Little gang of us saw ‘I, Daniel Blake’ tonight. A great film! Brave story telling only enhanced by some understated performances and direction. No surprise the film put Ian Duncan Smith – the architect of five-years welfare reform – on the defensive. Here’s a measured indictment of UK’s Department for Work and Pensions (DWP) benefits system since the crash, austerity and the political decision to clobber all the ‘skivers’ and ‘shirkers’ with £15 billion cuts to the welfare budget. The film affirms what we all know – the skivers and shirkers are an insignificant number, while most of us want to work, a place to call home and some feeling of self-worth. “When you loose your self-respect, you’re done for”, says Daniel Blake.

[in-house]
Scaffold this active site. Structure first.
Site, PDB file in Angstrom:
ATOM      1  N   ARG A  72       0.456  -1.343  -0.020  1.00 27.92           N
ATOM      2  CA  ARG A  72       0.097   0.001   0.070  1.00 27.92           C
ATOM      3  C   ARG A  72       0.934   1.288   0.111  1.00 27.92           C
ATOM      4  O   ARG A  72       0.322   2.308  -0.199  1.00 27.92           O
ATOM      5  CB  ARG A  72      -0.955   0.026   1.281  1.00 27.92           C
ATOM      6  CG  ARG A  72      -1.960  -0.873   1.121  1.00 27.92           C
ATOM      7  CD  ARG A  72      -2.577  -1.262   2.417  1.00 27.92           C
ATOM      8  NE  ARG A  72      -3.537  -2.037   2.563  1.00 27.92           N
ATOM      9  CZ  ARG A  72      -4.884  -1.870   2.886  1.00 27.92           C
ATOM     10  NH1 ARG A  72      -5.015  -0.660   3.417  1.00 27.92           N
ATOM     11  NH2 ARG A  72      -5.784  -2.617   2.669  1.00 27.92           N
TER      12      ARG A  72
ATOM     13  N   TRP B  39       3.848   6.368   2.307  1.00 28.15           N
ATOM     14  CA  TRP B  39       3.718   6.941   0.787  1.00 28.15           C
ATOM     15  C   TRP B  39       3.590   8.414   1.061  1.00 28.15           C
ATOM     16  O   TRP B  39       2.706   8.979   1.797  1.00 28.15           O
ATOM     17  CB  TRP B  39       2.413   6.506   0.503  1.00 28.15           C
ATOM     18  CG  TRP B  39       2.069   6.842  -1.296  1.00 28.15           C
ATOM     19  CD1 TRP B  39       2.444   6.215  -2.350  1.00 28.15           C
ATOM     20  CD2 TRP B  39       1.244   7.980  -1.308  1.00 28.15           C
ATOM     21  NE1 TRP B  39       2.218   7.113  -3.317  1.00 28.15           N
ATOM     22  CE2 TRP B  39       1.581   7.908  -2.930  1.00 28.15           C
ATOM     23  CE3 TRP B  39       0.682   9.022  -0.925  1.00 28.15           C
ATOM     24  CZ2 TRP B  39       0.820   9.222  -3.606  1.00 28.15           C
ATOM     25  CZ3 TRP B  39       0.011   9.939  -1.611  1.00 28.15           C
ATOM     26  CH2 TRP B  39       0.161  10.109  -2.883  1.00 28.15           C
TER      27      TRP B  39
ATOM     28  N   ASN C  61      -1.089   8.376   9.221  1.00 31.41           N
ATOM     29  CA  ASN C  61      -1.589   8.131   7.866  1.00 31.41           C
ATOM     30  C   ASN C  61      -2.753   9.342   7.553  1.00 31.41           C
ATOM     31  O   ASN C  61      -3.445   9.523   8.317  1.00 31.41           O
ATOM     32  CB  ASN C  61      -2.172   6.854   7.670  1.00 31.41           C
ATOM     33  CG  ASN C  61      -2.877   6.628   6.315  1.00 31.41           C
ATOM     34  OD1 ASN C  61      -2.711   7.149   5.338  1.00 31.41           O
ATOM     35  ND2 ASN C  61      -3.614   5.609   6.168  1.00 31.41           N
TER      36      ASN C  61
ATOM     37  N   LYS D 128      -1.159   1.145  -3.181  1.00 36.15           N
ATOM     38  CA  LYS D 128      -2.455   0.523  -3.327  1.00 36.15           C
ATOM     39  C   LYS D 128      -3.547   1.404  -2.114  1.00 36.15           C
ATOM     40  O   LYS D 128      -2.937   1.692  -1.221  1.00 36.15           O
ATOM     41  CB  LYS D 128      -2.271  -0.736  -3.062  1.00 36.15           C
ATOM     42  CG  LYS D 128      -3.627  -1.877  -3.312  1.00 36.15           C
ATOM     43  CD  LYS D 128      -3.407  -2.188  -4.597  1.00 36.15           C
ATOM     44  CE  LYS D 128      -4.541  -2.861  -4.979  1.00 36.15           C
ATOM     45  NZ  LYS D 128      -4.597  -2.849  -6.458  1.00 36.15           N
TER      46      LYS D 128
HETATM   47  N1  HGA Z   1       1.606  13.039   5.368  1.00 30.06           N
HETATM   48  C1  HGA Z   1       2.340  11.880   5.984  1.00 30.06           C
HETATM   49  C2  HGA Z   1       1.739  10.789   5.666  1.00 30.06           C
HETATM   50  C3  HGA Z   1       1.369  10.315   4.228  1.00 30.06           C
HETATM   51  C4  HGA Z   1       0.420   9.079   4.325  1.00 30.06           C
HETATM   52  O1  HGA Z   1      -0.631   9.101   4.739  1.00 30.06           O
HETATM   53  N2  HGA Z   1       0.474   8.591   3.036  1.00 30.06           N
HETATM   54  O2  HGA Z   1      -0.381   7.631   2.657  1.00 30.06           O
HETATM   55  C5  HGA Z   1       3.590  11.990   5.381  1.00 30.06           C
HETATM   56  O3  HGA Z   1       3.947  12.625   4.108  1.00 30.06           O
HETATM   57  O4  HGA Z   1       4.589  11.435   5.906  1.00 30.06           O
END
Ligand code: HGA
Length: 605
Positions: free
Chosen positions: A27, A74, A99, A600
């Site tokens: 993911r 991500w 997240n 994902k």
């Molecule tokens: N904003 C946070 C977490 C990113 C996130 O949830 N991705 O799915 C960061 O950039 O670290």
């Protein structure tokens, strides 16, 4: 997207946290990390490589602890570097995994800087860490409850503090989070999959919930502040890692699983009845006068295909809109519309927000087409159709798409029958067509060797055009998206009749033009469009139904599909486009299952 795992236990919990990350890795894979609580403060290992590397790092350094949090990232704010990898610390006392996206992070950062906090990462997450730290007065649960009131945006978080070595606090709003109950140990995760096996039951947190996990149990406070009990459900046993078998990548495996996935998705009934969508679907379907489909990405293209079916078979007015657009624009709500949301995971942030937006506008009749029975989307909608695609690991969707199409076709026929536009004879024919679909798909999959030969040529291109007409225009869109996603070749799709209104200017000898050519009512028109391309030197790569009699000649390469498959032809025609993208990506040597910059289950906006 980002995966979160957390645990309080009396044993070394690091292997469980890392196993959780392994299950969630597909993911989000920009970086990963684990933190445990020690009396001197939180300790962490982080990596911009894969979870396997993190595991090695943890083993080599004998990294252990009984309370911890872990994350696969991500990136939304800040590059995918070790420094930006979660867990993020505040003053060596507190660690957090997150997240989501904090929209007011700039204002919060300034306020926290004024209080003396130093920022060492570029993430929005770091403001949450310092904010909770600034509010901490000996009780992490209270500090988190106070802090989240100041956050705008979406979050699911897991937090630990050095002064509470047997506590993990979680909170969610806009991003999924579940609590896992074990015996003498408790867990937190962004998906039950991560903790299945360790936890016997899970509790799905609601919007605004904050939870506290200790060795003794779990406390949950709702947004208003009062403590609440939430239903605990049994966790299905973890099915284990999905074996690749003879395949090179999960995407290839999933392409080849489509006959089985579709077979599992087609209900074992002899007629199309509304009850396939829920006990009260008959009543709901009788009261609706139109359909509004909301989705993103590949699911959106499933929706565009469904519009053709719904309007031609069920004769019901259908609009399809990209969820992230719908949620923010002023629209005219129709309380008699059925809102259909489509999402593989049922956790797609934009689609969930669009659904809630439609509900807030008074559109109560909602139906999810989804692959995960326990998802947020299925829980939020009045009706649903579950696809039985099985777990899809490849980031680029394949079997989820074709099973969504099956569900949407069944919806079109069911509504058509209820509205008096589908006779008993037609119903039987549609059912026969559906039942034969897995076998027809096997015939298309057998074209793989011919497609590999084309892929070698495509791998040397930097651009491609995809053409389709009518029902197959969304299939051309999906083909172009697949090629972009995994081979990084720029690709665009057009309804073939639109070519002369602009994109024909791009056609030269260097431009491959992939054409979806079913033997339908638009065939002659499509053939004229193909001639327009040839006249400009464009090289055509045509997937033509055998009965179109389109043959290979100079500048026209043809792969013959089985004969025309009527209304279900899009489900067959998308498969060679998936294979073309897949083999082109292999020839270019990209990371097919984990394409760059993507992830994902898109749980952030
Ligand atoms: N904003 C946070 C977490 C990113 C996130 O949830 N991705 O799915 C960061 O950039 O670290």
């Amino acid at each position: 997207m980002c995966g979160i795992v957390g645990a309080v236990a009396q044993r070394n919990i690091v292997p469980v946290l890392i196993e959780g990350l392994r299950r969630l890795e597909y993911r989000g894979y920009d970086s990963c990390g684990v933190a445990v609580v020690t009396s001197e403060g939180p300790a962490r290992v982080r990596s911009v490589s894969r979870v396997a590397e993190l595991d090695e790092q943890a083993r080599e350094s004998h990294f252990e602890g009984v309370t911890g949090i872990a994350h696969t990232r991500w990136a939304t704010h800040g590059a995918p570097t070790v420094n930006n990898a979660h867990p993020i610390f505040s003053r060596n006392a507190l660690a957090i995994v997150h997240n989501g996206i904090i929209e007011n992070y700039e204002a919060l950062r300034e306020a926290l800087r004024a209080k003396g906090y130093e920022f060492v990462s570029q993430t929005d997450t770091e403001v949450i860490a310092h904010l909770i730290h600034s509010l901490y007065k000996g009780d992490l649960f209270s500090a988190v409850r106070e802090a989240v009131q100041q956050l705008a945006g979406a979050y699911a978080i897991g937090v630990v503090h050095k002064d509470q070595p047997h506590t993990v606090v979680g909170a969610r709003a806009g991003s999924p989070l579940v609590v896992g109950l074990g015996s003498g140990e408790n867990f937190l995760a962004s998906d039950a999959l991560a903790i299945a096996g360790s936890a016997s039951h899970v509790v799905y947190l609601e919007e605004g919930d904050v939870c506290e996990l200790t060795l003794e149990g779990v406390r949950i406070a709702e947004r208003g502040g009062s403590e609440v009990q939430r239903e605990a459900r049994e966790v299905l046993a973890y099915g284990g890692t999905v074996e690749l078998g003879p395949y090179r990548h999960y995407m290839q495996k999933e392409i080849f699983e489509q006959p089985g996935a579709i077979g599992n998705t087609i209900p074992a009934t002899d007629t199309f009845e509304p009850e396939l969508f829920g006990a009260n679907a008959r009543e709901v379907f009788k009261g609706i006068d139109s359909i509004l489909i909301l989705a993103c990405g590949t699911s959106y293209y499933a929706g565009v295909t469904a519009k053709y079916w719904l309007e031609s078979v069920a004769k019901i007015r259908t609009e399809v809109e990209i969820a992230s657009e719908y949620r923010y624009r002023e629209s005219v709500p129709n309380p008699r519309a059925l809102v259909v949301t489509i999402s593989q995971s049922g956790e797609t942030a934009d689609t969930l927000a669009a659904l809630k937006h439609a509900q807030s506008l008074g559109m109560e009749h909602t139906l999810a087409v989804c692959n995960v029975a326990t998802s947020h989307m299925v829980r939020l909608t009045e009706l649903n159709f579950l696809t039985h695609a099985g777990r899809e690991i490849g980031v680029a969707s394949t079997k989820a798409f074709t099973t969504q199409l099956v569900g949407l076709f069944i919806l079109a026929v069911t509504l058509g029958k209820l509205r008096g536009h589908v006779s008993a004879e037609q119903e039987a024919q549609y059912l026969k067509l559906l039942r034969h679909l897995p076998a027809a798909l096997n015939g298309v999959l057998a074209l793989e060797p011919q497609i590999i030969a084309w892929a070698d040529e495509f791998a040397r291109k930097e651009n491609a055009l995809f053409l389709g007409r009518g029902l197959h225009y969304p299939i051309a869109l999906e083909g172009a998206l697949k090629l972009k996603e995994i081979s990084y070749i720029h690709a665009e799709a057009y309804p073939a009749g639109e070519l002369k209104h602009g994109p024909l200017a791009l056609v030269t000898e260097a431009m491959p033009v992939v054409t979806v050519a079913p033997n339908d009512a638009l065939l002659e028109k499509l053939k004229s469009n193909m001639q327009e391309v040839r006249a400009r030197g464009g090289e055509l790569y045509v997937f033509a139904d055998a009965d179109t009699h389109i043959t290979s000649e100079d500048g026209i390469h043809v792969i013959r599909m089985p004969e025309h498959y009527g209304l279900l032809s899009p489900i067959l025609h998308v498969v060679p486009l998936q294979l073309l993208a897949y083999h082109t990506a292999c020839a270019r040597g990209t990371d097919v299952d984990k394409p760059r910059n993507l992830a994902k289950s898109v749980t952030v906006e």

Social security can function as a vital safety net supporting people through crisis. The DWP system in the film is appalling for its absence of humanity. On its launch, IDS did a Gove and refuted all the ‘experts’ and army of researchers credited at the end of the film – immediately betraying a profound lack of insight about his own system!
The film is shot through with compassion. The food bank scene is one of many celebrating the generosity, kindness and the tender response of a bunch of people, getting organised to help others. And at the end there’s a quiet plea from Blake for authorities (organisations, charities) and systems to engage fully with, and affirm the reality and complexity of our humanity. “I’m not a ‘client’, I’m not a ‘customer’, I’m not a ‘service user’! I’m a person!”
Lots more to say. But, go see! It’s a BBC Film, so will hopefully soon pop up on iPlayer for months. Essential viewing!